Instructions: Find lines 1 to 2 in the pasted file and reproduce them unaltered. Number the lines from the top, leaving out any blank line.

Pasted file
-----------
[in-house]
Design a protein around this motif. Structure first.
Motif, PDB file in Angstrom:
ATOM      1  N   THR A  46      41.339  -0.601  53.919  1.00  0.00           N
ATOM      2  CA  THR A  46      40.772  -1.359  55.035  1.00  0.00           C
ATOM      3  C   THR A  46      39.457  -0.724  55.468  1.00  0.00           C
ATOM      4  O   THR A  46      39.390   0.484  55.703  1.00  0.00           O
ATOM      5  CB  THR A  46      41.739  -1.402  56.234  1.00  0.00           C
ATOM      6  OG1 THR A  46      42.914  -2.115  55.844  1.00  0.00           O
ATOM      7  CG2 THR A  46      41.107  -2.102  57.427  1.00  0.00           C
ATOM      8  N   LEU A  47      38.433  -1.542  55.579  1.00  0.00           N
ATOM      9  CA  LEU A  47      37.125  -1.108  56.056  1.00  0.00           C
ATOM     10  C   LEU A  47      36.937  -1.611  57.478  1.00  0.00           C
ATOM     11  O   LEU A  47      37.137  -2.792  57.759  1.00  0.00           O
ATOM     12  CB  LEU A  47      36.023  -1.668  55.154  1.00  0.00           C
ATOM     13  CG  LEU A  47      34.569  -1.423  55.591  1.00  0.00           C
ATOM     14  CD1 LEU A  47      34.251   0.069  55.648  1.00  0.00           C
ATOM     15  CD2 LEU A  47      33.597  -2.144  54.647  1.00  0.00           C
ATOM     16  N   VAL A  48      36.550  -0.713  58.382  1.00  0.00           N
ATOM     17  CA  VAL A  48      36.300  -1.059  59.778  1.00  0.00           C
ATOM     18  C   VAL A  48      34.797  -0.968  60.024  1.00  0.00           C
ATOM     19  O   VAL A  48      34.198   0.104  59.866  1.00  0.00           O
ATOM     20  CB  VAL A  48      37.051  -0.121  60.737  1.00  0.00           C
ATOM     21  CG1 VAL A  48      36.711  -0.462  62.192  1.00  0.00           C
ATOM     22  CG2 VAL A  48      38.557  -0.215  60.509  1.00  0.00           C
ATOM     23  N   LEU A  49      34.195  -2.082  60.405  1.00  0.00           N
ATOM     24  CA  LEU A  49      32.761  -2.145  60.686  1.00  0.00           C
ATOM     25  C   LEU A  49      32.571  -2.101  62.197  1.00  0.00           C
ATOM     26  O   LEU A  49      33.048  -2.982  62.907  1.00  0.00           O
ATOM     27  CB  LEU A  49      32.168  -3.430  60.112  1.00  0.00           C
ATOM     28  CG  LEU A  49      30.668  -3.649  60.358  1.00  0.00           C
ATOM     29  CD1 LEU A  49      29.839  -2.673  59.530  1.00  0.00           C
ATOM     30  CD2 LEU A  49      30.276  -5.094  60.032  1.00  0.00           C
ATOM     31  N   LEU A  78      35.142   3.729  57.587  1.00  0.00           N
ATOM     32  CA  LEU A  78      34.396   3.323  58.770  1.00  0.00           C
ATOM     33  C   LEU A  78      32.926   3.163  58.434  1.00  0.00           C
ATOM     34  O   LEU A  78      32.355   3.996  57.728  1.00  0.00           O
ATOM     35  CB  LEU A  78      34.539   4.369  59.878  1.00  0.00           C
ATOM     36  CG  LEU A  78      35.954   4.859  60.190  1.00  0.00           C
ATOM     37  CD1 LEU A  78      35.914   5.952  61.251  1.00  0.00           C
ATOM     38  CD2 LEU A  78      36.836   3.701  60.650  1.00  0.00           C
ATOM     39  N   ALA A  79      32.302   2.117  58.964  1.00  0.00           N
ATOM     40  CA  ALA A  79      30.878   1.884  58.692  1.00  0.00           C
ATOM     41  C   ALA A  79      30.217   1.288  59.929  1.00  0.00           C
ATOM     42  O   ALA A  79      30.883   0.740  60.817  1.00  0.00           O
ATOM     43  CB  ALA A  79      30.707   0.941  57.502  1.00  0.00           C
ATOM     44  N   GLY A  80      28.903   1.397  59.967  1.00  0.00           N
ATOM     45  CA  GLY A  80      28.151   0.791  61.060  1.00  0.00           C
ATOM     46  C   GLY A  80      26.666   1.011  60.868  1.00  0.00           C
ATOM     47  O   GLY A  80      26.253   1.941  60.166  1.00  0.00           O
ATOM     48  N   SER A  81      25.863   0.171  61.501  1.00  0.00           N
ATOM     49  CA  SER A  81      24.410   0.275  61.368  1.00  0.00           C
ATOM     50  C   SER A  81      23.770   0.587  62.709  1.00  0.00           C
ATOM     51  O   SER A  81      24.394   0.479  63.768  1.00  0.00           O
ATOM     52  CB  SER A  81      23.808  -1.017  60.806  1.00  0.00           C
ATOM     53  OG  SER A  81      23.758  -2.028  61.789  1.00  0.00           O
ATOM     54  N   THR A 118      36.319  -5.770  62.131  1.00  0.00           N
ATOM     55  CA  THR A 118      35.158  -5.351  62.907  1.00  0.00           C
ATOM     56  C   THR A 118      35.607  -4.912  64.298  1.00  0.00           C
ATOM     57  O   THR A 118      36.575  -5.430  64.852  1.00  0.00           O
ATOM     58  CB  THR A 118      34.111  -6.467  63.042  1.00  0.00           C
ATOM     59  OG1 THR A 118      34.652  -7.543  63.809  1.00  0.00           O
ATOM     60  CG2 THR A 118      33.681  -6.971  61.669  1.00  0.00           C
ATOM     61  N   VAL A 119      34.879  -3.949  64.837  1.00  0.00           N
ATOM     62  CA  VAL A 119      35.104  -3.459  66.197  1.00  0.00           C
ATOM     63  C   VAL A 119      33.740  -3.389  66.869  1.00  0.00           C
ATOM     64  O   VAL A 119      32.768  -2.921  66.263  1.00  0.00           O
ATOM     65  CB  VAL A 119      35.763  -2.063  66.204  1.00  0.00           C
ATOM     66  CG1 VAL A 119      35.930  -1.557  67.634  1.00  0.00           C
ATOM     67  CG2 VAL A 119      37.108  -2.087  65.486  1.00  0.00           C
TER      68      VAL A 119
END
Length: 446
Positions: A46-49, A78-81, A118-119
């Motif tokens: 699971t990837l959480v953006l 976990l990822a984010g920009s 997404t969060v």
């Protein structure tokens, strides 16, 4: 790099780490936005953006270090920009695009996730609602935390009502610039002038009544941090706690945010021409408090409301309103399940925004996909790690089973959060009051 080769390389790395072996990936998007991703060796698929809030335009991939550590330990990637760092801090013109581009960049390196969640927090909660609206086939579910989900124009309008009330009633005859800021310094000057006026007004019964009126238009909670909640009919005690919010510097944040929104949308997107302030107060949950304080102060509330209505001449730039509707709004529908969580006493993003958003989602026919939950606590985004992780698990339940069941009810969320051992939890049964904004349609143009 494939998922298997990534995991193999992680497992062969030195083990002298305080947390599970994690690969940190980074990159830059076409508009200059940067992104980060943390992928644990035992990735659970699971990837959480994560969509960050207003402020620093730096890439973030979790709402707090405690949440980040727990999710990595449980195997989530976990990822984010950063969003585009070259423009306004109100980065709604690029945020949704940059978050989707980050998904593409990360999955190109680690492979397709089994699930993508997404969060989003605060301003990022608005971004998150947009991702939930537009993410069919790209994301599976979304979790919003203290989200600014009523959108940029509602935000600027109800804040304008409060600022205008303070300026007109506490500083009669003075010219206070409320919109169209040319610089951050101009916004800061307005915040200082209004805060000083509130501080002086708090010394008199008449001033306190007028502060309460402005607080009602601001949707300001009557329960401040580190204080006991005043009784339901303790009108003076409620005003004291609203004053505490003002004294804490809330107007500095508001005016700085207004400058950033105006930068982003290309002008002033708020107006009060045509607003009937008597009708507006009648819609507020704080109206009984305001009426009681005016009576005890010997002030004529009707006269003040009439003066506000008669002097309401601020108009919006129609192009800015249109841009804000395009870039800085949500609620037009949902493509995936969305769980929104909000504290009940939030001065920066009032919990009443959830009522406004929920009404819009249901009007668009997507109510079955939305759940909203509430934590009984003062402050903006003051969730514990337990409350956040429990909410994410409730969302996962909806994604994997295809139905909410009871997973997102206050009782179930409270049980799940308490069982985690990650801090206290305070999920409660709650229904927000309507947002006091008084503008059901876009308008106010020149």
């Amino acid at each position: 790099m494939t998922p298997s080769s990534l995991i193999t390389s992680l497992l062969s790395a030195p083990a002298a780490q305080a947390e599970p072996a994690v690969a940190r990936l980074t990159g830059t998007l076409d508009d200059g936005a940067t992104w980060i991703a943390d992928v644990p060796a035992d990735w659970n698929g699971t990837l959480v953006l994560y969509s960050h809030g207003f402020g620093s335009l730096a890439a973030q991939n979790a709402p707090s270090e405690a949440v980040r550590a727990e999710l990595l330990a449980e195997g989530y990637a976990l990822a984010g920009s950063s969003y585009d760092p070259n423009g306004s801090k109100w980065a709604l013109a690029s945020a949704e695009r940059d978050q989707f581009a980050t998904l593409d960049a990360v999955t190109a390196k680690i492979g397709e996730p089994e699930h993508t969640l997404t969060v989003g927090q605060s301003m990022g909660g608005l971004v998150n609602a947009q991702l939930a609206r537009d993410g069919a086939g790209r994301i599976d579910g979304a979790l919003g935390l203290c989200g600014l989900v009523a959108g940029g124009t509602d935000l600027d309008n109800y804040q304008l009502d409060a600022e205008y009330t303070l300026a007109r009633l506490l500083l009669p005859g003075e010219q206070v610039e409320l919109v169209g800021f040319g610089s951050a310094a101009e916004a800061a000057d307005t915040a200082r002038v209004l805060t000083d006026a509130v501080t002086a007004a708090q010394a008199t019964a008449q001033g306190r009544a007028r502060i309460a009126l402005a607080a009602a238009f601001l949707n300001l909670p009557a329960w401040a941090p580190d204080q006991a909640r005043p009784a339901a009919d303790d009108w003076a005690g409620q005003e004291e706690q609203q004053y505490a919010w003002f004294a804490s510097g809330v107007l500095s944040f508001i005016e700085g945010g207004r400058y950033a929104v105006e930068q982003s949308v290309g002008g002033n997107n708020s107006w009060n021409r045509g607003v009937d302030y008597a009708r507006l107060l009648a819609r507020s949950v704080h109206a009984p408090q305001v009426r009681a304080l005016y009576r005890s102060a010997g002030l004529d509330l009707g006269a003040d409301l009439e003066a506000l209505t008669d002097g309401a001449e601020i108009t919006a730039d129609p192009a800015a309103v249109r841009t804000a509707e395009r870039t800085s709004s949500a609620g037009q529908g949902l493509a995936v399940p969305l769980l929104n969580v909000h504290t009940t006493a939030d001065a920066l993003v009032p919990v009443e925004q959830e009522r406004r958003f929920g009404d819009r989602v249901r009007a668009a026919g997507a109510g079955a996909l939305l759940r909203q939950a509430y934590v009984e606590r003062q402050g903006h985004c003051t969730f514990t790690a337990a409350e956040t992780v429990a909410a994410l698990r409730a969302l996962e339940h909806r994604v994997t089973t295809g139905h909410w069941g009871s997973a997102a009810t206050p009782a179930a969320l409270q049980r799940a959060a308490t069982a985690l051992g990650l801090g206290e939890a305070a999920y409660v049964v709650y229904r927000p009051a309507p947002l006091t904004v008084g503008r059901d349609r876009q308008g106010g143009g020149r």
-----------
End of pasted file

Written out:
[in-house]
Design a protein around this motif. Structure first.